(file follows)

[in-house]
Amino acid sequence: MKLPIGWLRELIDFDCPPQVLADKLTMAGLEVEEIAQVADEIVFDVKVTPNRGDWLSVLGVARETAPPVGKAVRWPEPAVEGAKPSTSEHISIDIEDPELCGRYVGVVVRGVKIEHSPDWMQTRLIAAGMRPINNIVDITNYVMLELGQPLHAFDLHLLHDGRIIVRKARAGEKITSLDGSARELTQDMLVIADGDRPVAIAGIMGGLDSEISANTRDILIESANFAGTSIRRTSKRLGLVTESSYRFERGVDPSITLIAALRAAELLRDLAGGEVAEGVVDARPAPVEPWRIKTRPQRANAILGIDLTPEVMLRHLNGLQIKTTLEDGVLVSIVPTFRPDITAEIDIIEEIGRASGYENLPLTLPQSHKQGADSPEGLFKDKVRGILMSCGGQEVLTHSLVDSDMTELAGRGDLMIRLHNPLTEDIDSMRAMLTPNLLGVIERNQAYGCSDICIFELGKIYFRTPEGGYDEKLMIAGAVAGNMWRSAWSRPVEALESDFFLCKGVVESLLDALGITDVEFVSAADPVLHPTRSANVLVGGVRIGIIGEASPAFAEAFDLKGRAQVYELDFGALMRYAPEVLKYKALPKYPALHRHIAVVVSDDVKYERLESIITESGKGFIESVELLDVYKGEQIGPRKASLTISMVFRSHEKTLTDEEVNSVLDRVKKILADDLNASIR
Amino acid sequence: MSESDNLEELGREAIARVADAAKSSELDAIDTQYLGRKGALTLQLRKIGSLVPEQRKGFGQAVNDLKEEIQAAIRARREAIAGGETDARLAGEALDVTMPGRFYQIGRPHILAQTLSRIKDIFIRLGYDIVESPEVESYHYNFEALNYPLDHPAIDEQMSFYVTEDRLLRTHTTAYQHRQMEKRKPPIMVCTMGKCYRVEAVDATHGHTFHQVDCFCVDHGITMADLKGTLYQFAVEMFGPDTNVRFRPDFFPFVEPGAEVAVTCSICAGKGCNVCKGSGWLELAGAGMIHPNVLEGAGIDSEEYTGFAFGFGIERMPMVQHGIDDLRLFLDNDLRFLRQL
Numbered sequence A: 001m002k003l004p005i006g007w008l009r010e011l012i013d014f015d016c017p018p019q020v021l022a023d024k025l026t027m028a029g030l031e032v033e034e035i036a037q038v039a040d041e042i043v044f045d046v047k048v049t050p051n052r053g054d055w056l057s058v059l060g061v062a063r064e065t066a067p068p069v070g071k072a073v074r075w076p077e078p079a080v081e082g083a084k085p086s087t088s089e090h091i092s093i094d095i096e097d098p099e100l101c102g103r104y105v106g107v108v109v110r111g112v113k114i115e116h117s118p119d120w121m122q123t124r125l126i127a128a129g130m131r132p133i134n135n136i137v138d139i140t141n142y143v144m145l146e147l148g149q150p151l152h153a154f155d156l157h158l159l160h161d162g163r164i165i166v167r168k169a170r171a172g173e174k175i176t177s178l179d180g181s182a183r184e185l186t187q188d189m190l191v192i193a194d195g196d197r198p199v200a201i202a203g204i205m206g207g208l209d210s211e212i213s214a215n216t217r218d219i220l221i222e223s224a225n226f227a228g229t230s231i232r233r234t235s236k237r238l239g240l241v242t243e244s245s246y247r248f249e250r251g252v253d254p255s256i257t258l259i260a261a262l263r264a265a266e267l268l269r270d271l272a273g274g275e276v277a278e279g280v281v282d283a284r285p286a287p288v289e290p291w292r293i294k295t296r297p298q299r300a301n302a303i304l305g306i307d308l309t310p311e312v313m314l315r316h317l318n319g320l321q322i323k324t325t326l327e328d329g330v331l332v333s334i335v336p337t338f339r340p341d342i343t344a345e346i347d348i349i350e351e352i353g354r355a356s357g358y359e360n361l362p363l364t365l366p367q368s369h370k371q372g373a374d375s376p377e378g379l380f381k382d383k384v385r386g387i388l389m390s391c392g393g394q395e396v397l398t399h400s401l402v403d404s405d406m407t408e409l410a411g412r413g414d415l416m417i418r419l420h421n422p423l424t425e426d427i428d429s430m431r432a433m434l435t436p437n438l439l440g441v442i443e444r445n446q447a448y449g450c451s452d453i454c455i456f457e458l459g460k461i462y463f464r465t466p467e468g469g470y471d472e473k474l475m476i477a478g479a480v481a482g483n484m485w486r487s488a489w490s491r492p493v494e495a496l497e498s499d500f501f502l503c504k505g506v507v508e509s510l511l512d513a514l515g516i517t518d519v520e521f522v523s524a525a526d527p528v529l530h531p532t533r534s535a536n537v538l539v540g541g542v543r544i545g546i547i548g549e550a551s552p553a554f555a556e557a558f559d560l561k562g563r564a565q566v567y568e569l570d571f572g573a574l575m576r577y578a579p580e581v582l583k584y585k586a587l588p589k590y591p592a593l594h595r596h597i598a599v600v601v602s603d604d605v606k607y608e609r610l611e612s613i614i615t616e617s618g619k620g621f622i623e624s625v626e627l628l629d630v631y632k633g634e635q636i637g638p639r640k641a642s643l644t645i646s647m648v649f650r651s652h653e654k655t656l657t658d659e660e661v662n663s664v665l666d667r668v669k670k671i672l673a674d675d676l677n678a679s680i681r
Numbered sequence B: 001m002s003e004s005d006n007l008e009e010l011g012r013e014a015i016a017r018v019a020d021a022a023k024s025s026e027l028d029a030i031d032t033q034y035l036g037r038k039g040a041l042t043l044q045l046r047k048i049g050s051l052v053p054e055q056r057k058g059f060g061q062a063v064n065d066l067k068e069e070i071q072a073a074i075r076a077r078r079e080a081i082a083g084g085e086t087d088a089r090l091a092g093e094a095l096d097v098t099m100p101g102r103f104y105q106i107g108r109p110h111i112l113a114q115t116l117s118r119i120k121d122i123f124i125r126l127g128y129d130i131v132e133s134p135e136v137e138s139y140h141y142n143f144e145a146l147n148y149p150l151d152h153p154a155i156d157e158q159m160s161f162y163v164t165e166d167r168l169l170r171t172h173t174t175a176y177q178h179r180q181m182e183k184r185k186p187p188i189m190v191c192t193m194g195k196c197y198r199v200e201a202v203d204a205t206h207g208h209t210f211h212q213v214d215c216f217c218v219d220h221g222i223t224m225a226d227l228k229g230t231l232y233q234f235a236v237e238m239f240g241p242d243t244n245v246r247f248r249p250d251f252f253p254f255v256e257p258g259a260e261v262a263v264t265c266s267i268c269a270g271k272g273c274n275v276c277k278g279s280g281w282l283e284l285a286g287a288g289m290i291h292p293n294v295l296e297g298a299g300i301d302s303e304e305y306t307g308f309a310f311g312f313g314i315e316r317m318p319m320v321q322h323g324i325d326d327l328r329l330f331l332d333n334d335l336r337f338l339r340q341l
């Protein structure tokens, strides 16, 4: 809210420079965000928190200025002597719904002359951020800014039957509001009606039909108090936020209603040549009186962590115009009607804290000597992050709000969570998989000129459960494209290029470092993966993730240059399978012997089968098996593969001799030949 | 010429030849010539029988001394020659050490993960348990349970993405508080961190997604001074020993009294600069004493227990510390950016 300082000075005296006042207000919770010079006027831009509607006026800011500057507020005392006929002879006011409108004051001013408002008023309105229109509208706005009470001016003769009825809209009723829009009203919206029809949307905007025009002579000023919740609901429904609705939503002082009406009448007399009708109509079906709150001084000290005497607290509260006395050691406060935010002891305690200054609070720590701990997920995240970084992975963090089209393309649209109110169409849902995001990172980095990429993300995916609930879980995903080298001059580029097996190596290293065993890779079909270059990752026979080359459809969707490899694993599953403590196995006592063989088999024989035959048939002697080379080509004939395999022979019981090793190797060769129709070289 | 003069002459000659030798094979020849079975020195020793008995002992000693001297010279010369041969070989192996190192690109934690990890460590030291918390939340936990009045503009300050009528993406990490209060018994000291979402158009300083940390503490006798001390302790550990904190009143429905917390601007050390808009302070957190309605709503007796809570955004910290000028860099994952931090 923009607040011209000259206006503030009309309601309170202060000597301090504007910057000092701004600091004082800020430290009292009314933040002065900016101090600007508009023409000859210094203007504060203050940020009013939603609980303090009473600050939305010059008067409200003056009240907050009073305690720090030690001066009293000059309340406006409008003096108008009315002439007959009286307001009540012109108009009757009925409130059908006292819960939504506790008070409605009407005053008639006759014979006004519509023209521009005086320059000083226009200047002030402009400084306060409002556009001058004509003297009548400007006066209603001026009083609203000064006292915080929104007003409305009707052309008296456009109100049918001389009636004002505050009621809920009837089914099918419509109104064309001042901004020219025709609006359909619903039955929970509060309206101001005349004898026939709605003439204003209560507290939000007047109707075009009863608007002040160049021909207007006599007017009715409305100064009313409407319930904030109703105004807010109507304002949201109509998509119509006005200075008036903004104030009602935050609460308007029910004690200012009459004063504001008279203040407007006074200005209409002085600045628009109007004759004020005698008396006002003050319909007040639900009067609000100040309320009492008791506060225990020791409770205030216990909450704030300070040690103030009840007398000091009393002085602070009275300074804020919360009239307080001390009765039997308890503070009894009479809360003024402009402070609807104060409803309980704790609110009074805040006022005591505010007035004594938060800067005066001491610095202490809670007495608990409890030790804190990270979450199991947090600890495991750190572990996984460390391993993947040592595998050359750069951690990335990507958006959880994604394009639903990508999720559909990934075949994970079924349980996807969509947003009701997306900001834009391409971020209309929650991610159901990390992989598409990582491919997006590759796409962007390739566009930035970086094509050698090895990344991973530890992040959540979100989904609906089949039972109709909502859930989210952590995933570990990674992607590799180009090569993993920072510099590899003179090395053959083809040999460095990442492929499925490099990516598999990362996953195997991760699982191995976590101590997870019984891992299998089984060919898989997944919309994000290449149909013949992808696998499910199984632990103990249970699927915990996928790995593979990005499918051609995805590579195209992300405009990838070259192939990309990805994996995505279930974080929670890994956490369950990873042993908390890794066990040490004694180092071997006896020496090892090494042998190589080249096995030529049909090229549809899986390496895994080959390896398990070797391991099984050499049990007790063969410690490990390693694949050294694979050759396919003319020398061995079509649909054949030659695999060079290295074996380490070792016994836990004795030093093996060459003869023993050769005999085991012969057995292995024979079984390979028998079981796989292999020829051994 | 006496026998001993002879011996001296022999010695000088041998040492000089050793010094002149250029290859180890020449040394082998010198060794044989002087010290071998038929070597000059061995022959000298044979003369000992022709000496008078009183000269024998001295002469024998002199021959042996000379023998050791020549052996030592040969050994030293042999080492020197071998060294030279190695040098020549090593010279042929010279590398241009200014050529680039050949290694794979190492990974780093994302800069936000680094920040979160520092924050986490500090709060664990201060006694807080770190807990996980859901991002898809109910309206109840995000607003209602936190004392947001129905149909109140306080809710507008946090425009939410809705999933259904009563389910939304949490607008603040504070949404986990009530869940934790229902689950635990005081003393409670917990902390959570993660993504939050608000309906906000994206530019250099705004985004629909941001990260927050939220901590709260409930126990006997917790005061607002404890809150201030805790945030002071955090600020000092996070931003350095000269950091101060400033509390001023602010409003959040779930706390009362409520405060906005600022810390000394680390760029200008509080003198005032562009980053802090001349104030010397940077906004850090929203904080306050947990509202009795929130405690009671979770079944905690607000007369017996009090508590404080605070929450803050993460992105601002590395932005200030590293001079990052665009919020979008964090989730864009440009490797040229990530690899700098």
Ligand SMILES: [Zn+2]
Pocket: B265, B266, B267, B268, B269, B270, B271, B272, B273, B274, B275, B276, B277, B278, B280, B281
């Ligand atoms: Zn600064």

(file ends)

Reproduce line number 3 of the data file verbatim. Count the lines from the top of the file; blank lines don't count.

Amino acid sequence: MSESDNLEELGREAIARVADAAKSSELDAIDTQYLGRKGALTLQLRKIGSLVPEQRKGFGQAVNDLKEEIQAAIRARREAIAGGETDARLAGEALDVTMPGRFYQIGRPHILAQTLSRIKDIFIRLGYDIVESPEVESYHYNFEALNYPLDHPAIDEQMSFYVTEDRLLRTHTTAYQHRQMEKRKPPIMVCTMGKCYRVEAVDATHGHTFHQVDCFCVDHGITMADLKGTLYQFAVEMFGPDTNVRFRPDFFPFVEPGAEVAVTCSICAGKGCNVCKGSGWLELAGAGMIHPNVLEGAGIDSEEYTGFAFGFGIERMPMVQHGIDDLRLFLDNDLRFLRQL